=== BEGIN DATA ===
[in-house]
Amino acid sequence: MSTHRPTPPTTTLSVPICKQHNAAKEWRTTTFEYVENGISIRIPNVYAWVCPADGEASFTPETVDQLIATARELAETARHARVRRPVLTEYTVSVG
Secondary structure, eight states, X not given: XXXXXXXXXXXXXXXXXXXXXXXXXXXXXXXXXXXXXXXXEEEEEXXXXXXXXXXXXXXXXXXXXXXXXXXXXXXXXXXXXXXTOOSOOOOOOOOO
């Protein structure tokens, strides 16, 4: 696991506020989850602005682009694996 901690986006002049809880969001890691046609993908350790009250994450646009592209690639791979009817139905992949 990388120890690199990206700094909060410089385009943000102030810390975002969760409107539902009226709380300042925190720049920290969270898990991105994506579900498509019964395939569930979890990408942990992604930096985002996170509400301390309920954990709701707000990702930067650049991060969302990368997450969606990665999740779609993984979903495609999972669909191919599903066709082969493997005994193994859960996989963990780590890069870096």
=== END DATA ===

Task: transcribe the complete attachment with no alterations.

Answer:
[in-house]
Amino acid sequence: MSTHRPTPPTTTLSVPICKQHNAAKEWRTTTFEYVENGISIRIPNVYAWVCPADGEASFTPETVDQLIATARELAETARHARVRRPVLTEYTVSVG
Secondary structure, eight states, X not given: XXXXXXXXXXXXXXXXXXXXXXXXXXXXXXXXXXXXXXXXEEEEEXXXXXXXXXXXXXXXXXXXXXXXXXXXXXXXXXXXXXXTOOSOOOOOOOOO
């Protein structure tokens, strides 16, 4: 696991506020989850602005682009694996 901690986006002049809880969001890691046609993908350790009250994450646009592209690639791979009817139905992949 990388120890690199990206700094909060410089385009943000102030810390975002969760409107539902009226709380300042925190720049920290969270898990991105994506579900498509019964395939569930979890990408942990992604930096985002996170509400301390309920954990709701707000990702930067650049991060969302990368997450969606990665999740779609993984979903495609999972669909191919599903066709082969493997005994193994859960996989963990780590890069870096």